You're also welcoming Charles Michael Davis to the cast as the new investigator, Ted. What has he brought to the dynamic of the group that has stood out to you?
I love Charles. I'm so happy that they brought him on for the second season. He's so talented and he's a really nice guy. For us personally behind the scenes, he created a really good opportunity to haze because he's one of our first new cast members that came on all 13 episodes, so we just gave him crap 24/7. We would make fun of all his Instagram photos; like, he loves pretty models, so we would always make fun of his love for models. He's going to kill me for saying this, but yeah he's a funny guy. I think he brings a real charisma to the public defender's office.
What does his Ted add to the team onscreen?
He brings a lot of hoodies, I'll tell you that much. He's in a hoodie every scene. And I'm like, We're in suits. Why does this guy get to wear hoodies around the office 24/7?! Ted is able to bring people out of their shell a little bit. Whenever he ends up with Sandra outside the office or Allison outside the office or even Jay, he ends up shedding a new light on what we do, which I think is useful for the job, the roles that we play in the system.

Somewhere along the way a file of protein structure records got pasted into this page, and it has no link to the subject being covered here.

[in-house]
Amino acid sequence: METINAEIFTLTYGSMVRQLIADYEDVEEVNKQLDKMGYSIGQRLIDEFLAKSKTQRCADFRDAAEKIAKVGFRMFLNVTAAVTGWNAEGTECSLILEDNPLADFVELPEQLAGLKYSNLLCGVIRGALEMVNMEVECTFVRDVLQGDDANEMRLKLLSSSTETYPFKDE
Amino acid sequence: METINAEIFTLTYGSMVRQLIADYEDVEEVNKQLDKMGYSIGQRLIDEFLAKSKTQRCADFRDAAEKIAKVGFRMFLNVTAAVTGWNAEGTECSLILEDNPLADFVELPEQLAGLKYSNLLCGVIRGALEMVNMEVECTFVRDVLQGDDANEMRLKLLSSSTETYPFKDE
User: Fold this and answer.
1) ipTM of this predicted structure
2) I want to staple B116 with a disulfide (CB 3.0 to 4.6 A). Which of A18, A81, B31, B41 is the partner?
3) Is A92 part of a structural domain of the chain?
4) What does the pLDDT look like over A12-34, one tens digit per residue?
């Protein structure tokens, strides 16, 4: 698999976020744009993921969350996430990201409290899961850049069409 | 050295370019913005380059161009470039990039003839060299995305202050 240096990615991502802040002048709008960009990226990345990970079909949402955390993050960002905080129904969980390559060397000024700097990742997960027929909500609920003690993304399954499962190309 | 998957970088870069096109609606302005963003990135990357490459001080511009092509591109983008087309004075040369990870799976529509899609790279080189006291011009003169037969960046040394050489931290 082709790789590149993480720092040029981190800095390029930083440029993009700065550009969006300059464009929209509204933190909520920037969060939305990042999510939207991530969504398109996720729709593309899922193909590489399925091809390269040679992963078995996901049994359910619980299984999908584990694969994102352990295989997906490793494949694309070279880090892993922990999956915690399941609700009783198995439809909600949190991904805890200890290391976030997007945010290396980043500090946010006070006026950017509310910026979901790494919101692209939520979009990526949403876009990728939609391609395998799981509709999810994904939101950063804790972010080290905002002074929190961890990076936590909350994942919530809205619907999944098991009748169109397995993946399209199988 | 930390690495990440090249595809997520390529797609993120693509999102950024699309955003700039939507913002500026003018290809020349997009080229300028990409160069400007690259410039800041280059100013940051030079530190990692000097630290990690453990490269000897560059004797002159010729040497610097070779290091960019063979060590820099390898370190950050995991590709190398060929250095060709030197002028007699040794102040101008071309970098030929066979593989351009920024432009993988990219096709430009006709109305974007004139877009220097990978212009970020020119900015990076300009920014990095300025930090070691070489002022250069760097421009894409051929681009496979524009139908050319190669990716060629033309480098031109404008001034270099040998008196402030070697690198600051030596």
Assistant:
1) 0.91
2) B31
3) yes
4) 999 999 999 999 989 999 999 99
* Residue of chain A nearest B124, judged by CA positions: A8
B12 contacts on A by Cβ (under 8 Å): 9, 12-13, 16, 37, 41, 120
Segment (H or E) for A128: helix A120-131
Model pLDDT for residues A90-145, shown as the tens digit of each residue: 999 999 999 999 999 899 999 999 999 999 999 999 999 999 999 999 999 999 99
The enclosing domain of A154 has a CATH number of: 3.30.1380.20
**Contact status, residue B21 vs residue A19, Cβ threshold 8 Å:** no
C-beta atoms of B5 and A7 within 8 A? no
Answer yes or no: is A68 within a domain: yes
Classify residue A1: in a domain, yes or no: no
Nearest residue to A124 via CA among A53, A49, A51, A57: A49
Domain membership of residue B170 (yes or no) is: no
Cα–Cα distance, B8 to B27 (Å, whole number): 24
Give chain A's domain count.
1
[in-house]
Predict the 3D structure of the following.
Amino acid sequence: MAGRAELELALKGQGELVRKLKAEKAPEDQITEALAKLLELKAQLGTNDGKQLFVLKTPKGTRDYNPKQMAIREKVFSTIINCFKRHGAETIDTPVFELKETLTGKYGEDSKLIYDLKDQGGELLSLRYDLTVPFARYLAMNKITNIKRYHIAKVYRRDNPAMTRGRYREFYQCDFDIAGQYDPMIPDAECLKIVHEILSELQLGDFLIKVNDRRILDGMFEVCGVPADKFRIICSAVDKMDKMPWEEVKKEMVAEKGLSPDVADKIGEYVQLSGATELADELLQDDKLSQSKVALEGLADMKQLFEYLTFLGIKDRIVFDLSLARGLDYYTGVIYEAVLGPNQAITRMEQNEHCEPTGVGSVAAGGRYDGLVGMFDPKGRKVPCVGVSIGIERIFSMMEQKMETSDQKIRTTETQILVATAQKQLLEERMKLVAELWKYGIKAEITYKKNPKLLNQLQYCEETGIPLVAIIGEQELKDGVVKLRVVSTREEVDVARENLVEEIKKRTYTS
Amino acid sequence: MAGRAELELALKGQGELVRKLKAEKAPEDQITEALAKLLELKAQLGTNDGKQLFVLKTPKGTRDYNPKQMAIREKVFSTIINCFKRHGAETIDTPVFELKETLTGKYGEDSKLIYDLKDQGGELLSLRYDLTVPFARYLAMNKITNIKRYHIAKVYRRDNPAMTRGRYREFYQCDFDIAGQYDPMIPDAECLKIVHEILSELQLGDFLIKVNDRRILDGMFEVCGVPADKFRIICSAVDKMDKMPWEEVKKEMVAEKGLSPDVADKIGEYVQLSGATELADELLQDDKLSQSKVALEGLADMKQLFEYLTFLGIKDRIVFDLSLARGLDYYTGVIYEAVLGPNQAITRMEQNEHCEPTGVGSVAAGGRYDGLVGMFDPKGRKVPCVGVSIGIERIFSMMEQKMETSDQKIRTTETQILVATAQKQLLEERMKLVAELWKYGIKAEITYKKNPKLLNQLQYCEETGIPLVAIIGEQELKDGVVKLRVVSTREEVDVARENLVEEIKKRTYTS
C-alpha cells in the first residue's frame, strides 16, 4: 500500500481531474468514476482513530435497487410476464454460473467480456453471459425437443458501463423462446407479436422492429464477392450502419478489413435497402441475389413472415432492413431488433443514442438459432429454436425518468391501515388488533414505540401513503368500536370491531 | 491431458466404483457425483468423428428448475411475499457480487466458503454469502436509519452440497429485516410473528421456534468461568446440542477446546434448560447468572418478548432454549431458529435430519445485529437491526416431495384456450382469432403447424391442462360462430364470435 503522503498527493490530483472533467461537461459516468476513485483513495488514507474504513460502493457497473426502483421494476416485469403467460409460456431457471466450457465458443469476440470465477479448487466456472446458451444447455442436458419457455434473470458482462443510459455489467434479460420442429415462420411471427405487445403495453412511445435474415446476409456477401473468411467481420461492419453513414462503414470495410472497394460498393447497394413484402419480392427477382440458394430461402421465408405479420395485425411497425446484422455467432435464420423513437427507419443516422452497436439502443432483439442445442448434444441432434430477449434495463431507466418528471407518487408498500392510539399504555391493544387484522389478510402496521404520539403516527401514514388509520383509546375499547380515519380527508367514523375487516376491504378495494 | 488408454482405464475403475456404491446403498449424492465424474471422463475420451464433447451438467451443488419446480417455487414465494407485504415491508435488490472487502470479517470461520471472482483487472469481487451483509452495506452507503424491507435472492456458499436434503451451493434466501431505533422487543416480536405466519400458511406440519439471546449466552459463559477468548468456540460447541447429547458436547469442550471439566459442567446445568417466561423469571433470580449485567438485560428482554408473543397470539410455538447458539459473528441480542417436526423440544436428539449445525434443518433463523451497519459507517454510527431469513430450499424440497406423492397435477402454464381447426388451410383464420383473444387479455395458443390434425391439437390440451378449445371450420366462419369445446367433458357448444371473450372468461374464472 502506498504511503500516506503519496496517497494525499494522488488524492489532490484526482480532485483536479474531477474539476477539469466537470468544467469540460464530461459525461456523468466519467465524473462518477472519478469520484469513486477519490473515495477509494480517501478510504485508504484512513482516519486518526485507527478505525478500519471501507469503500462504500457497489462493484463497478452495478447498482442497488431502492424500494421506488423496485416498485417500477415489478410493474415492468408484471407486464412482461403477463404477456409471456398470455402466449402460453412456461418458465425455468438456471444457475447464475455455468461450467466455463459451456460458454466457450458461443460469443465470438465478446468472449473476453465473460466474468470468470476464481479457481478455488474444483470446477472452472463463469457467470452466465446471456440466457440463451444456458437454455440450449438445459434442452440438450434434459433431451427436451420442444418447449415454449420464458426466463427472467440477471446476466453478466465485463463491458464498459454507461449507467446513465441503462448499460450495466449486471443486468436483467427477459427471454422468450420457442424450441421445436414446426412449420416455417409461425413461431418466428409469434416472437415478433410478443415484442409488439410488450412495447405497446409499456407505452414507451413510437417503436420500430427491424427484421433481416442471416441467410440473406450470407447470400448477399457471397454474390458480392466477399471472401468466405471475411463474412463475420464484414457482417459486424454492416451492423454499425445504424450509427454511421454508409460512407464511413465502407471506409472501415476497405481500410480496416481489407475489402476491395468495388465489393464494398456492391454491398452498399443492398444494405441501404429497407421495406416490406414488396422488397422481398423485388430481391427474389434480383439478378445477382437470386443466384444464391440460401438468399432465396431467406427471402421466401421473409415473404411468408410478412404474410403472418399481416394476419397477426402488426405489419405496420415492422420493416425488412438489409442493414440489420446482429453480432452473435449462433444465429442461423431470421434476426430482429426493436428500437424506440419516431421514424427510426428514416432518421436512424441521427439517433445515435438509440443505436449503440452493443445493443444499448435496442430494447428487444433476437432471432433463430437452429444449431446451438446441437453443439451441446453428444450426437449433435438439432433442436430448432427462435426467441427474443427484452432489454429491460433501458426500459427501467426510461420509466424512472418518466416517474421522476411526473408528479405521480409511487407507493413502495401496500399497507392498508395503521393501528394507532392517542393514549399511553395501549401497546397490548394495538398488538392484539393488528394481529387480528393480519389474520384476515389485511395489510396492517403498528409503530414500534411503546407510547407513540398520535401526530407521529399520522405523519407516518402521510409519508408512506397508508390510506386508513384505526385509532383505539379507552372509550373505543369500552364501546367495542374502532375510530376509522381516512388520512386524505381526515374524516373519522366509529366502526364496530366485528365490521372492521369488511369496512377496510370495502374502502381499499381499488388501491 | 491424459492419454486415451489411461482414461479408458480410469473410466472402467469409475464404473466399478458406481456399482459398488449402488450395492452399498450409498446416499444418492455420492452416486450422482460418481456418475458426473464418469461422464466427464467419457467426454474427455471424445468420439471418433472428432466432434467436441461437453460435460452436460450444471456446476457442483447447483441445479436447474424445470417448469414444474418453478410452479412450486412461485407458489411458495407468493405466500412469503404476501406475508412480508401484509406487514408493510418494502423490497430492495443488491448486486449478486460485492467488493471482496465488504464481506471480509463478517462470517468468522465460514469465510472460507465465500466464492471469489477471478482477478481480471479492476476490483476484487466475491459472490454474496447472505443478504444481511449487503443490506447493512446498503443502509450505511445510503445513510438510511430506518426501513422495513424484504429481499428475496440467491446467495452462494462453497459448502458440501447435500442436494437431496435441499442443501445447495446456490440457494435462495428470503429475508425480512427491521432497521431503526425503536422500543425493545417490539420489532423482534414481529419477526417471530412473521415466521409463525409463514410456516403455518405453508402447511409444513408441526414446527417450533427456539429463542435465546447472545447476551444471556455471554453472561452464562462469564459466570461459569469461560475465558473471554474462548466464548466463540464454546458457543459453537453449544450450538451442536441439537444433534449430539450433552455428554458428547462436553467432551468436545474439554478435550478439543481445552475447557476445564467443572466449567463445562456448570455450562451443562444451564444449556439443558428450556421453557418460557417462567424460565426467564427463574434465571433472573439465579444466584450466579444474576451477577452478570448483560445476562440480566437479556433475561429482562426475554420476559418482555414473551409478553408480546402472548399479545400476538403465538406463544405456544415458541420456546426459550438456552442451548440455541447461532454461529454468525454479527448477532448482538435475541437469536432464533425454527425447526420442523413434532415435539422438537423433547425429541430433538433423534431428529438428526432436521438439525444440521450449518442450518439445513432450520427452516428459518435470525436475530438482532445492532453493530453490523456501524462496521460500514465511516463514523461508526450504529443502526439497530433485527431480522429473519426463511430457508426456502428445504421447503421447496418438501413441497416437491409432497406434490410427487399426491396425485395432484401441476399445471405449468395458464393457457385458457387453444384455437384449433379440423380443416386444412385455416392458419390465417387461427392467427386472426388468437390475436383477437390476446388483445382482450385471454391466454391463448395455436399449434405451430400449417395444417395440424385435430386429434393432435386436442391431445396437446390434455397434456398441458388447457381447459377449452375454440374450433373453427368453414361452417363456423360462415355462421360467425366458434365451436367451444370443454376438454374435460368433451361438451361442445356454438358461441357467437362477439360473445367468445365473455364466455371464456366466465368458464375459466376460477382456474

I may be reading too much into this, but could there be some sort of romantic thing happening between your characters?
Ah... (Pauses.) It's possible. Anything's possible. You'll have to stay tuned. It's a really good assumption that you've made.
Since you play a lawyer on the show, what are your favorite legal portrayals that you've seen onscreen in film and TV, like Jim Carrey in Liar, Liar for instance or Reese Witherspoon in Legally Blonde? What has influenced your performance?
Hilarious! Jim Carrey in Liar, Liar. No, but there are some moments in court where I'll feel very Reese Witherspoon in Legally Blonde and I'll be like, "Habeas corpus!" or my little Valley Girl accent will come out and I'll be like, "Oh my god, is this far too Reese Witherspoon in Legally Blonde?" One of my favorite performances is Sam Waterston in Law & Order. He's great with the legal storylines where you just go, Whoa, what an actor.
Who from the cast would you call if you were in a bind and needed a lawyer to represent you?
It would probably be Susannah [Flood]. She's very smart and does so much research and understands a lot of stuff, so I'd probably hire her.